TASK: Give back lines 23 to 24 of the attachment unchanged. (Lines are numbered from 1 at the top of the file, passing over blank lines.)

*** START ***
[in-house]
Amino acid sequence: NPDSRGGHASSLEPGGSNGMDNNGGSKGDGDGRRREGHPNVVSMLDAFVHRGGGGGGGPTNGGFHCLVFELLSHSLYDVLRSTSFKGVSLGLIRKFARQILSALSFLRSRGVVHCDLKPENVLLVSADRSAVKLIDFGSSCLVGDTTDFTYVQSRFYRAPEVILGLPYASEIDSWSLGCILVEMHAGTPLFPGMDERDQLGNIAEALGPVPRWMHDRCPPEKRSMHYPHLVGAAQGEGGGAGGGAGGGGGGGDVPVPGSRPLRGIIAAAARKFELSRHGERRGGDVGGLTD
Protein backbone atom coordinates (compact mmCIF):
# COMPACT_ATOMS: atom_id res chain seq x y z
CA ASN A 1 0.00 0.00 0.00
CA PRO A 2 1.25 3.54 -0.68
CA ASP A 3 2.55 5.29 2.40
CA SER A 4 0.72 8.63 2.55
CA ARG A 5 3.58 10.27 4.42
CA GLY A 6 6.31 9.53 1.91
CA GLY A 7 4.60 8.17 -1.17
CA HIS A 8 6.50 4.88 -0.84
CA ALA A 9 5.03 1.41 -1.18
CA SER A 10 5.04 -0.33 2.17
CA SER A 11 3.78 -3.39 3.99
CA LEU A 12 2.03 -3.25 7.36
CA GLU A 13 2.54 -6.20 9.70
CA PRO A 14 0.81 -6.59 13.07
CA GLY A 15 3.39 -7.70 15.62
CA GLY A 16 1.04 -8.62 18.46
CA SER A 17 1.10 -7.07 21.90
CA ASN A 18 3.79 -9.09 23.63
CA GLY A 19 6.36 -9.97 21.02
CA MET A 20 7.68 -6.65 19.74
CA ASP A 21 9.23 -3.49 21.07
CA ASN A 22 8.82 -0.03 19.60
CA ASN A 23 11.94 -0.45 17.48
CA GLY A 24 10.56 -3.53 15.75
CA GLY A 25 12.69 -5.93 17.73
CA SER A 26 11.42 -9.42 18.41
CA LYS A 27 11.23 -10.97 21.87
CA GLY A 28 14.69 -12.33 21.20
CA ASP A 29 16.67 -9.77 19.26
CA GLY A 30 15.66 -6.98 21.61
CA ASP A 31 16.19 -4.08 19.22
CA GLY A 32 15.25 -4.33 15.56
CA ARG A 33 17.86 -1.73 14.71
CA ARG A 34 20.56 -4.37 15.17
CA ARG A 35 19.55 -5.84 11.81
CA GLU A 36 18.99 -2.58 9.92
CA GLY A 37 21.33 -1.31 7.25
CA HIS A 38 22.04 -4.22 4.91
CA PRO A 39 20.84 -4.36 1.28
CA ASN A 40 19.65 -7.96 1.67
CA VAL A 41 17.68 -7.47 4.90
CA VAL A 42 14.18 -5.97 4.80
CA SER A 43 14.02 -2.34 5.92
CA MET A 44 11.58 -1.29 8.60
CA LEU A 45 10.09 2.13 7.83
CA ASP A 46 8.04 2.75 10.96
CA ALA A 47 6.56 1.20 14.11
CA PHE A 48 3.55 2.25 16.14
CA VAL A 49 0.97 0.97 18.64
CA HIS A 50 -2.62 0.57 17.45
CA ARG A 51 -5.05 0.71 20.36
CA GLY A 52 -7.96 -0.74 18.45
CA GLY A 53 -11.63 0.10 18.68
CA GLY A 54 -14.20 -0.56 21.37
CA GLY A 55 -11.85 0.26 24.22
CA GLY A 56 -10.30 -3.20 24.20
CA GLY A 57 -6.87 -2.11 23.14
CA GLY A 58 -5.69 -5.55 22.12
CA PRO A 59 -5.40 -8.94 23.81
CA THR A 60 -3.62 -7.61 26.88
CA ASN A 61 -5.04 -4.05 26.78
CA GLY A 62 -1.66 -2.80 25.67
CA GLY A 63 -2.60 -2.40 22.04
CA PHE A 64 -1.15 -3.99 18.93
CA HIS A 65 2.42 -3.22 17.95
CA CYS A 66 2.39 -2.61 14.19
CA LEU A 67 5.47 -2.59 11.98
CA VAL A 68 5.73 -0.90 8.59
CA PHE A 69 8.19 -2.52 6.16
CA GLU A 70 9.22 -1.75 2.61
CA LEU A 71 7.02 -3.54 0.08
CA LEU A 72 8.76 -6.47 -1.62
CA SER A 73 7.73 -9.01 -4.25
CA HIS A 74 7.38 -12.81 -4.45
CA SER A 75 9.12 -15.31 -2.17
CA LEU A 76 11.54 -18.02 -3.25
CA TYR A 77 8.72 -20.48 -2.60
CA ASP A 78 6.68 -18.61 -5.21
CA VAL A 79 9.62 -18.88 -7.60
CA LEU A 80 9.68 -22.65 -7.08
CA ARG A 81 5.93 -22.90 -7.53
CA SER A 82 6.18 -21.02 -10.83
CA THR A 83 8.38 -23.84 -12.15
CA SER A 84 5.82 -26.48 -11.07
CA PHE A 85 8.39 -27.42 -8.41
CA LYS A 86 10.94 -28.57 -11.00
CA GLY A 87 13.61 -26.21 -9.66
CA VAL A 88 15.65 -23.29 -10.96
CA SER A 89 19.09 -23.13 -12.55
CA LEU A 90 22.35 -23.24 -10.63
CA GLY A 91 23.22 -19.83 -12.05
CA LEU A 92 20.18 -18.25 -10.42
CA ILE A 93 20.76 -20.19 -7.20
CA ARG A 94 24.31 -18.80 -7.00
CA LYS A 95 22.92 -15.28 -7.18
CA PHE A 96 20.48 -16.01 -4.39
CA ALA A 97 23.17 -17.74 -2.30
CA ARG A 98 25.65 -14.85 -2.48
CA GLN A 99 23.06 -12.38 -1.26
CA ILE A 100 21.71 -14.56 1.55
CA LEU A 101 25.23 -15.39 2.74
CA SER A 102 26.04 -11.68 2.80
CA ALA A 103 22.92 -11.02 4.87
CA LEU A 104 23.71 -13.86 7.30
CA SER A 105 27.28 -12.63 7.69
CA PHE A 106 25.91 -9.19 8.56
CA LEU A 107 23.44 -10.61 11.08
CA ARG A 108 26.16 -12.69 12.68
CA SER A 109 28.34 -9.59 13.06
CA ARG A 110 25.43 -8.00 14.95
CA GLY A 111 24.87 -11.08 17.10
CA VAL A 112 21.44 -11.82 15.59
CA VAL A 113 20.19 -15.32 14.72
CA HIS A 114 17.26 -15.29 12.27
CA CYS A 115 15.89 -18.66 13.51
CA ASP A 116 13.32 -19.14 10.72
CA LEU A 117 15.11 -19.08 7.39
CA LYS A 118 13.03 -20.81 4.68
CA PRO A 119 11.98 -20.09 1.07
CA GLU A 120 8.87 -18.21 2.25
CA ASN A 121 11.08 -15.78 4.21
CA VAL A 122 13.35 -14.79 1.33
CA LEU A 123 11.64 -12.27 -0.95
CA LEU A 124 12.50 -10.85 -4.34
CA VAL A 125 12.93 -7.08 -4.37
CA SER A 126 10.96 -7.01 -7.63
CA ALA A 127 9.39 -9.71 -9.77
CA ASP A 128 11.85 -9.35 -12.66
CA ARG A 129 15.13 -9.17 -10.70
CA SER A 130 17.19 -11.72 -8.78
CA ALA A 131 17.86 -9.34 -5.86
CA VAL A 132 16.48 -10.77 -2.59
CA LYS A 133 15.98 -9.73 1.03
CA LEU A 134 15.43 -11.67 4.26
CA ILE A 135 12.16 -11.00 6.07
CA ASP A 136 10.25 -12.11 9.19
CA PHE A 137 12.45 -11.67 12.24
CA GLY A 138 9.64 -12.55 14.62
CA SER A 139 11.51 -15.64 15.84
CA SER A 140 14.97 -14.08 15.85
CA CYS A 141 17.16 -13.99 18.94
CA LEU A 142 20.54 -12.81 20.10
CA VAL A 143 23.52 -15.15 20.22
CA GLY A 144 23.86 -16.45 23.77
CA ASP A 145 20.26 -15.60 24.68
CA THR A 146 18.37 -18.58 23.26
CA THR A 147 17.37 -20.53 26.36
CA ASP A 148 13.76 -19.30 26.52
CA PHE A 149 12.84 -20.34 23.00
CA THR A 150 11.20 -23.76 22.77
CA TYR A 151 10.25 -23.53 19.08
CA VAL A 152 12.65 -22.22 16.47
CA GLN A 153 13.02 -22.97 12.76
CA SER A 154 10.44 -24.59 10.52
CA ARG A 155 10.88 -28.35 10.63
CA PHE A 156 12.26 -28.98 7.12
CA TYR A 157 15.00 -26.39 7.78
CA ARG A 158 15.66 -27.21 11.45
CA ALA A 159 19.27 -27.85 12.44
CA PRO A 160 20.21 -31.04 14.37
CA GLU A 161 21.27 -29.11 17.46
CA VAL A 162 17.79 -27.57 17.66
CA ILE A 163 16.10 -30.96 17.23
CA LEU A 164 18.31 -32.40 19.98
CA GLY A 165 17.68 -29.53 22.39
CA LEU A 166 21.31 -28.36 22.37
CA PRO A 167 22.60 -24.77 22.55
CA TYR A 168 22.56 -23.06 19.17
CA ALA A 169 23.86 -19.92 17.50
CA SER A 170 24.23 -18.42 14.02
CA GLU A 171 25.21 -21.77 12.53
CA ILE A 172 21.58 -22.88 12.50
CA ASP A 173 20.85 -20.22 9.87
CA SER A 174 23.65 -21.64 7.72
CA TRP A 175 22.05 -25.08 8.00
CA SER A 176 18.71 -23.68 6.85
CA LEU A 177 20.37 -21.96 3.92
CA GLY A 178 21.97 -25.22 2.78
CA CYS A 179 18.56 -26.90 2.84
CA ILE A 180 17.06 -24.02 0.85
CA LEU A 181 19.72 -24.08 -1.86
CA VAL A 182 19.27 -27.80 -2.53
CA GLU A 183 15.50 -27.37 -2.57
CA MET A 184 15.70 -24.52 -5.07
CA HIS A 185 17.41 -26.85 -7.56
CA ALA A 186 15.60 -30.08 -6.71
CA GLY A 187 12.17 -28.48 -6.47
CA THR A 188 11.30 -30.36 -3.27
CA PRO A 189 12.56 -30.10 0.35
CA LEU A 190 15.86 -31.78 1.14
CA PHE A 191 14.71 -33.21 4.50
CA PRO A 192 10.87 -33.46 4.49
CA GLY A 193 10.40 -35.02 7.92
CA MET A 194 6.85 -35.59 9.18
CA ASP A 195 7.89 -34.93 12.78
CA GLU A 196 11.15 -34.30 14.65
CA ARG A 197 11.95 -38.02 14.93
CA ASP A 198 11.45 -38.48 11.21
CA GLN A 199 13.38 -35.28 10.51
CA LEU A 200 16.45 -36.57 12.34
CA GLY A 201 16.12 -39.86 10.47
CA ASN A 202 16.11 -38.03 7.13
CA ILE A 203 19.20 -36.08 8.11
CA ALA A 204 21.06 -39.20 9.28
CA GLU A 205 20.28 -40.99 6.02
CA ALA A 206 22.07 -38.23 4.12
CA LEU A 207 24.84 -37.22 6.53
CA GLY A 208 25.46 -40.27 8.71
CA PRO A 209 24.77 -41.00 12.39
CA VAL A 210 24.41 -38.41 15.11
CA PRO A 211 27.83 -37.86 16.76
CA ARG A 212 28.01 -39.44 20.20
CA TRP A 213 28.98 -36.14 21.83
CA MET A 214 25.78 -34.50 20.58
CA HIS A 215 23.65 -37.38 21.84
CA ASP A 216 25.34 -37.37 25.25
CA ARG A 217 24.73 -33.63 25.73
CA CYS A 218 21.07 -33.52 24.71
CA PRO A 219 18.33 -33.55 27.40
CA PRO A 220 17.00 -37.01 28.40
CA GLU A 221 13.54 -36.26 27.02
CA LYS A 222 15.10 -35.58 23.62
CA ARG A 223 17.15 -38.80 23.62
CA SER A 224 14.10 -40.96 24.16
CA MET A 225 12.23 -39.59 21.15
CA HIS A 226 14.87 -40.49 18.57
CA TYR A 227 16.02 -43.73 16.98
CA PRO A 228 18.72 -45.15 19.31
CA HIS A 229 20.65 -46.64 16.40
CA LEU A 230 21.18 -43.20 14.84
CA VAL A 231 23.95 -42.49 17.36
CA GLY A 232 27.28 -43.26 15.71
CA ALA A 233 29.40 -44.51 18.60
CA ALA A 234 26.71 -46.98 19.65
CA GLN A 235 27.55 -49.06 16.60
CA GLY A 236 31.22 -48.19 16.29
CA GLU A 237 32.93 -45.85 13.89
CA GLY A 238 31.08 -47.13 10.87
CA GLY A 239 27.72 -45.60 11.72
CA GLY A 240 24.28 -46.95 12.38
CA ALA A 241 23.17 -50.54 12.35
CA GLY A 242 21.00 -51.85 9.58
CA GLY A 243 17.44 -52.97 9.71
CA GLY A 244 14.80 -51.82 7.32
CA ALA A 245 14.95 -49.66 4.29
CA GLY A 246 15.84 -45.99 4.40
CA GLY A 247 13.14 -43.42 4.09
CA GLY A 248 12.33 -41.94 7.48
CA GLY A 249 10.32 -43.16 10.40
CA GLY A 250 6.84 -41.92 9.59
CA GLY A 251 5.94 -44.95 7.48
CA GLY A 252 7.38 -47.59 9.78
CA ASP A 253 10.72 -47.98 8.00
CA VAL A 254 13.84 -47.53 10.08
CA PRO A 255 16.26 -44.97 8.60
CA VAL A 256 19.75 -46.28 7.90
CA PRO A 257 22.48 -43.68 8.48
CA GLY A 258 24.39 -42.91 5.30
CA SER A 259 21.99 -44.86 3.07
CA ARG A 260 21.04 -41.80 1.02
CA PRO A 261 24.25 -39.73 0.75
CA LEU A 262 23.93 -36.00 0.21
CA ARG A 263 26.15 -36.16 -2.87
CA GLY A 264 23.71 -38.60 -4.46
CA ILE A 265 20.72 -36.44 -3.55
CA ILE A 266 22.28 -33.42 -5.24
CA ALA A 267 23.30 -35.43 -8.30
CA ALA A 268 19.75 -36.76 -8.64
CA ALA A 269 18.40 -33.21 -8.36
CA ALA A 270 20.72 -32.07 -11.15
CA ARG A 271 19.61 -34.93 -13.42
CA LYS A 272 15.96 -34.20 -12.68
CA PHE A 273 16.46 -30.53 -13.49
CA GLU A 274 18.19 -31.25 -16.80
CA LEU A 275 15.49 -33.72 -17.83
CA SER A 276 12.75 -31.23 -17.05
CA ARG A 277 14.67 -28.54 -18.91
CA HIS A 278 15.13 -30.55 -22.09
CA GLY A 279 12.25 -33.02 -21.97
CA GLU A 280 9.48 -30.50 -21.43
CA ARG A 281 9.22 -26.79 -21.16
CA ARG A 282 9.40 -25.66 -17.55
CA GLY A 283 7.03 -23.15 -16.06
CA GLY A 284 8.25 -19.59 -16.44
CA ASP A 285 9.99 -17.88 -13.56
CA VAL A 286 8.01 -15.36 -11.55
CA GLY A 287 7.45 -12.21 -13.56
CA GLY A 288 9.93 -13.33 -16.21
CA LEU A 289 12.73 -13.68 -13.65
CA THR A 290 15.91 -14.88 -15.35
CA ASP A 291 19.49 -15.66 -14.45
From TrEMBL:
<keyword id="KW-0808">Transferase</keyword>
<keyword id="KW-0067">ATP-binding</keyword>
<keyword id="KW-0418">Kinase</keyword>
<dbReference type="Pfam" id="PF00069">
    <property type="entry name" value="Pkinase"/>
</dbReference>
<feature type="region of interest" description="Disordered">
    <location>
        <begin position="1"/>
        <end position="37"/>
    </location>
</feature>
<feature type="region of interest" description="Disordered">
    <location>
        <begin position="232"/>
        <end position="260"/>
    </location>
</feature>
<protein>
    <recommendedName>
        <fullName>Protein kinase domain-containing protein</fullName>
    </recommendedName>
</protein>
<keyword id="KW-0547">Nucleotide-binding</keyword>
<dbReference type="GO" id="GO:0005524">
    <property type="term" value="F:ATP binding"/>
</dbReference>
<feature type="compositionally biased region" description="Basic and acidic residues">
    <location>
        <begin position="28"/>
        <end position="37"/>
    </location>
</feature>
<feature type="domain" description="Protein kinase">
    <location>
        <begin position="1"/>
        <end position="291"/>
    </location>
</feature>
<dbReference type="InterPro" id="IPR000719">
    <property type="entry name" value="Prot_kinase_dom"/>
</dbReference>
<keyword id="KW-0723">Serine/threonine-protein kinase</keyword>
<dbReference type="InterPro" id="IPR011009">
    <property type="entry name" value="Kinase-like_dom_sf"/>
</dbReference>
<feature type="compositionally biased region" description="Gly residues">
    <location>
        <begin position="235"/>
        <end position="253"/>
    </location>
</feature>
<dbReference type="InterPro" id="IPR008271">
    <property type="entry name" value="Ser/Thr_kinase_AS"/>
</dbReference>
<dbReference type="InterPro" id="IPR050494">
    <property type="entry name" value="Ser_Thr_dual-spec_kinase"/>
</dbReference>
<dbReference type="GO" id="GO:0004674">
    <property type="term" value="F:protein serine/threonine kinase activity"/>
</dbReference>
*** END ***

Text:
CA GLY A 19 6.36 -9.97 21.02
CA MET A 20 7.68 -6.65 19.74